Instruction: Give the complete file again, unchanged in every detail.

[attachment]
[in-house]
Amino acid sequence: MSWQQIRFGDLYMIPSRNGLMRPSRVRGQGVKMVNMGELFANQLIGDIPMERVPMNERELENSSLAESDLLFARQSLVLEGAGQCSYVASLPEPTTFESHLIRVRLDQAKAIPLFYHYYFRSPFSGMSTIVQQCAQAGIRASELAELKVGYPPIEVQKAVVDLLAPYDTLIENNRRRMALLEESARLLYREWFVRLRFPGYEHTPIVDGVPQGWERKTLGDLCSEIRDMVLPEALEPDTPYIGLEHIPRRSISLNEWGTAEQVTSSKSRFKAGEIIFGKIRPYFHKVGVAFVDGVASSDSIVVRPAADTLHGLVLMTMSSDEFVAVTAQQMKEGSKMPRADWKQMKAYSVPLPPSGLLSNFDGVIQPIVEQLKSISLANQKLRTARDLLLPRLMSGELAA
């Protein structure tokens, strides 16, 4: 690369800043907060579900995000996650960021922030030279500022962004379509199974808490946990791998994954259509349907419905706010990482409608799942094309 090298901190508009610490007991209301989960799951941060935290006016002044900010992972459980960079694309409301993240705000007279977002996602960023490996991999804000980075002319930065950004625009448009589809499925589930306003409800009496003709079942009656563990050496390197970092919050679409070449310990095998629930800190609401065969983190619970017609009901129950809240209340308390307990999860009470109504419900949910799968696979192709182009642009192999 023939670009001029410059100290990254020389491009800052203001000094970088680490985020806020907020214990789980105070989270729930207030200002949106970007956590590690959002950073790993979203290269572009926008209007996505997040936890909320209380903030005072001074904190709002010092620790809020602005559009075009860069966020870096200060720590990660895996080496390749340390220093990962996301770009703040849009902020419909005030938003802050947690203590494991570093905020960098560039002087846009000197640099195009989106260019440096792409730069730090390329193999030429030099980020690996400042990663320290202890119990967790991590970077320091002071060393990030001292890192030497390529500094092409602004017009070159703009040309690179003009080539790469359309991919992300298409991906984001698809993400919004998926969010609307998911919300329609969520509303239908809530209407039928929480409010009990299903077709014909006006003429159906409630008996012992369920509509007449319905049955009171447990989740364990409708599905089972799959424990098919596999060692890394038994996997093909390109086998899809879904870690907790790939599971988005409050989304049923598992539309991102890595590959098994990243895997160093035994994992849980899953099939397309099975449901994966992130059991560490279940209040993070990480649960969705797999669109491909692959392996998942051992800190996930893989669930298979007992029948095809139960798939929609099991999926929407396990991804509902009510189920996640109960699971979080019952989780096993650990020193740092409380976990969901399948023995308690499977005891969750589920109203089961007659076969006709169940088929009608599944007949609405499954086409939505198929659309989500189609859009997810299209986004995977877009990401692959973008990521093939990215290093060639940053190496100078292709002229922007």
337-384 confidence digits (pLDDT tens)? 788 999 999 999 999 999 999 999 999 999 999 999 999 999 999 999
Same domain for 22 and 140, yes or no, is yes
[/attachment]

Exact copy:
[in-house]
Amino acid sequence: MSWQQIRFGDLYMIPSRNGLMRPSRVRGQGVKMVNMGELFANQLIGDIPMERVPMNERELENSSLAESDLLFARQSLVLEGAGQCSYVASLPEPTTFESHLIRVRLDQAKAIPLFYHYYFRSPFSGMSTIVQQCAQAGIRASELAELKVGYPPIEVQKAVVDLLAPYDTLIENNRRRMALLEESARLLYREWFVRLRFPGYEHTPIVDGVPQGWERKTLGDLCSEIRDMVLPEALEPDTPYIGLEHIPRRSISLNEWGTAEQVTSSKSRFKAGEIIFGKIRPYFHKVGVAFVDGVASSDSIVVRPAADTLHGLVLMTMSSDEFVAVTAQQMKEGSKMPRADWKQMKAYSVPLPPSGLLSNFDGVIQPIVEQLKSISLANQKLRTARDLLLPRLMSGELAA
């Protein structure tokens, strides 16, 4: 690369800043907060579900995000996650960021922030030279500022962004379509199974808490946990791998994954259509349907419905706010990482409608799942094309 090298901190508009610490007991209301989960799951941060935290006016002044900010992972459980960079694309409301993240705000007279977002996602960023490996991999804000980075002319930065950004625009448009589809499925589930306003409800009496003709079942009656563990050496390197970092919050679409070449310990095998629930800190609401065969983190619970017609009901129950809240209340308390307990999860009470109504419900949910799968696979192709182009642009192999 023939670009001029410059100290990254020389491009800052203001000094970088680490985020806020907020214990789980105070989270729930207030200002949106970007956590590690959002950073790993979203290269572009926008209007996505997040936890909320209380903030005072001074904190709002010092620790809020602005559009075009860069966020870096200060720590990660895996080496390749340390220093990962996301770009703040849009902020419909005030938003802050947690203590494991570093905020960098560039002087846009000197640099195009989106260019440096792409730069730090390329193999030429030099980020690996400042990663320290202890119990967790991590970077320091002071060393990030001292890192030497390529500094092409602004017009070159703009040309690179003009080539790469359309991919992300298409991906984001698809993400919004998926969010609307998911919300329609969520509303239908809530209407039928929480409010009990299903077709014909006006003429159906409630008996012992369920509509007449319905049955009171447990989740364990409708599905089972799959424990098919596999060692890394038994996997093909390109086998899809879904870690907790790939599971988005409050989304049923598992539309991102890595590959098994990243895997160093035994994992849980899953099939397309099975449901994966992130059991560490279940209040993070990480649960969705797999669109491909692959392996998942051992800190996930893989669930298979007992029948095809139960798939929609099991999926929407396990991804509902009510189920996640109960699971979080019952989780096993650990020193740092409380976990969901399948023995308690499977005891969750589920109203089961007659076969006709169940088929009608599944007949609405499954086409939505198929659309989500189609859009997810299209986004995977877009990401692959973008990521093939990215290093060639940053190496100078292709002229922007």
337-384 confidence digits (pLDDT tens)? 788 999 999 999 999 999 999 999 999 999 999 999 999 999 999 999
Same domain for 22 and 140, yes or no, is yes